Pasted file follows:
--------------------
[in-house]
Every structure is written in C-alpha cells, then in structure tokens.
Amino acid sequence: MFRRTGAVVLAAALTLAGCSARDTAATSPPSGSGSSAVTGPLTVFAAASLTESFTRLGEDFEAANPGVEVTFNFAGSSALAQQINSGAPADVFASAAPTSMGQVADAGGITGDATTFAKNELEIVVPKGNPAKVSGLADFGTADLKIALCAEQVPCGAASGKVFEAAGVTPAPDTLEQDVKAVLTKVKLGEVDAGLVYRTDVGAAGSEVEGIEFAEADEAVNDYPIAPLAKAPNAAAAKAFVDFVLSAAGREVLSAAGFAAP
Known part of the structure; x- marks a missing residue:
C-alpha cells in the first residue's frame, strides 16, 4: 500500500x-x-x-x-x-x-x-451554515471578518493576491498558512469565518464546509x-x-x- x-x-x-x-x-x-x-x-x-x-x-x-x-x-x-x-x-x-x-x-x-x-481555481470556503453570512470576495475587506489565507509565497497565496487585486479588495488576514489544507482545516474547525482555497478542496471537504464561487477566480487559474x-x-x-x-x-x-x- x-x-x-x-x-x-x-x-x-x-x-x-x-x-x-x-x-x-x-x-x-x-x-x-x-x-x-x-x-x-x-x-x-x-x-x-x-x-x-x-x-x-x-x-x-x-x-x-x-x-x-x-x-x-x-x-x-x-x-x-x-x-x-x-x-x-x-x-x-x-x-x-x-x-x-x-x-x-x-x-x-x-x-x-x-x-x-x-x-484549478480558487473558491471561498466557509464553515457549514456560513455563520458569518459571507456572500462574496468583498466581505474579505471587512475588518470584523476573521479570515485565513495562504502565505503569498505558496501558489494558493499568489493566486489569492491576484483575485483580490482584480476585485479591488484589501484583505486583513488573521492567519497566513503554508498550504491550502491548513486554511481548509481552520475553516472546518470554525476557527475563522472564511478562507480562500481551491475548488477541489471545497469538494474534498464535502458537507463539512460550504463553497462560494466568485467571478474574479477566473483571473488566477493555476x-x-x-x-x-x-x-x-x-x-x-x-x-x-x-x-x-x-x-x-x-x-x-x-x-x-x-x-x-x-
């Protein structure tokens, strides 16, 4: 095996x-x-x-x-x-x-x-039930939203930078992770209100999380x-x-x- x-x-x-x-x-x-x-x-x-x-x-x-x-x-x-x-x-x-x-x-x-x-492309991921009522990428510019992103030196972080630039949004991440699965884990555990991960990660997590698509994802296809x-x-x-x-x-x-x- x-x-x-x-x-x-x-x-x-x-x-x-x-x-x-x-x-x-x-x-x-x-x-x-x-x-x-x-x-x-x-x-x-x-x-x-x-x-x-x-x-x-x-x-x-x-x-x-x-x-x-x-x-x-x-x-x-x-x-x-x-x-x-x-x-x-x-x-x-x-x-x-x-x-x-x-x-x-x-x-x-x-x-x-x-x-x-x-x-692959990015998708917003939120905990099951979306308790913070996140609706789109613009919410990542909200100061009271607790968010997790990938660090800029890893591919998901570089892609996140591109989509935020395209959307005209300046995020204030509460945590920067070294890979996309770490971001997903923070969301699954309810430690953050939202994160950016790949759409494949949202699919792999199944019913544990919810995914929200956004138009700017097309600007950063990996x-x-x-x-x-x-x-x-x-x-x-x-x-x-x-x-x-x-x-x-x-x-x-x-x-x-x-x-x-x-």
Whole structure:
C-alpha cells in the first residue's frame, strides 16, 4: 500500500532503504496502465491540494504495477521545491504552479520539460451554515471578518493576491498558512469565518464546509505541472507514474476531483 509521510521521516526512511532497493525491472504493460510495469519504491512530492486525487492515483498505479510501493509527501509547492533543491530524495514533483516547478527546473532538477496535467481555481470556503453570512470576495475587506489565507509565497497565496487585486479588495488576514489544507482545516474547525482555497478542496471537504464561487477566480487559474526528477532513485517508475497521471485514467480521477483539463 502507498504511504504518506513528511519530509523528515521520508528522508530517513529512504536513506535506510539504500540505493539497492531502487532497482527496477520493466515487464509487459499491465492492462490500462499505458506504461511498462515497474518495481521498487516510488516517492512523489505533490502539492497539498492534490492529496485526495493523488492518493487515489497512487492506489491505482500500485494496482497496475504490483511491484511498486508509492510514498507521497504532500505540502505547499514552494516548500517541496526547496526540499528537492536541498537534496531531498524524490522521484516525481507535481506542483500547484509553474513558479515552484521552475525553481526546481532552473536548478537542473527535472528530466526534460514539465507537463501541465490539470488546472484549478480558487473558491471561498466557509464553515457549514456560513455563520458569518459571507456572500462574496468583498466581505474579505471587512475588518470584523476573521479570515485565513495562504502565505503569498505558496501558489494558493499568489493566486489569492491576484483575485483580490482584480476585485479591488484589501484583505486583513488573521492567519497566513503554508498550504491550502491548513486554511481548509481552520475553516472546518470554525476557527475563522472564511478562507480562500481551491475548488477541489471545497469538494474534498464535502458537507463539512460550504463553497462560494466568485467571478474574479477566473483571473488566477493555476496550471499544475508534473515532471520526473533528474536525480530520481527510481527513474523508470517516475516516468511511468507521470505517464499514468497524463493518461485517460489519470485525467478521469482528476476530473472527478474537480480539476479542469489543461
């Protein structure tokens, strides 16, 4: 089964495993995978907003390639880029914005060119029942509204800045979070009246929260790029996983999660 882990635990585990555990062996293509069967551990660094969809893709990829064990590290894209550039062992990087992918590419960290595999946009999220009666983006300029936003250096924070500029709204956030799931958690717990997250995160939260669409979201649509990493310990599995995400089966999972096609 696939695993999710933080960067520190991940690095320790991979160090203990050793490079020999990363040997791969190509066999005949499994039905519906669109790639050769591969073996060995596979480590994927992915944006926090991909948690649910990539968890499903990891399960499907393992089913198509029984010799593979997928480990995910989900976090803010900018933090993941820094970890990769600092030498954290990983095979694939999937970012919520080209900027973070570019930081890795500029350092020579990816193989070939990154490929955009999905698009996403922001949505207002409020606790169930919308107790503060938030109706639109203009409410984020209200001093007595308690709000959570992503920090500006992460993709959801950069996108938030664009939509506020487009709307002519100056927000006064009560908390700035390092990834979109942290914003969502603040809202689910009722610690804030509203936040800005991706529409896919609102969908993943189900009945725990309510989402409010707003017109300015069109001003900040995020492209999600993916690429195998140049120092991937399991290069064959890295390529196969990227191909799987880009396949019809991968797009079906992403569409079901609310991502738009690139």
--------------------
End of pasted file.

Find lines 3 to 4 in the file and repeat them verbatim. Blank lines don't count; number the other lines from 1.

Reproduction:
Amino acid sequence: MFRRTGAVVLAAALTLAGCSARDTAATSPPSGSGSSAVTGPLTVFAAASLTESFTRLGEDFEAANPGVEVTFNFAGSSALAQQINSGAPADVFASAAPTSMGQVADAGGITGDATTFAKNELEIVVPKGNPAKVSGLADFGTADLKIALCAEQVPCGAASGKVFEAAGVTPAPDTLEQDVKAVLTKVKLGEVDAGLVYRTDVGAAGSEVEGIEFAEADEAVNDYPIAPLAKAPNAAAAKAFVDFVLSAAGREVLSAAGFAAP
Known part of the structure; x- marks a missing residue: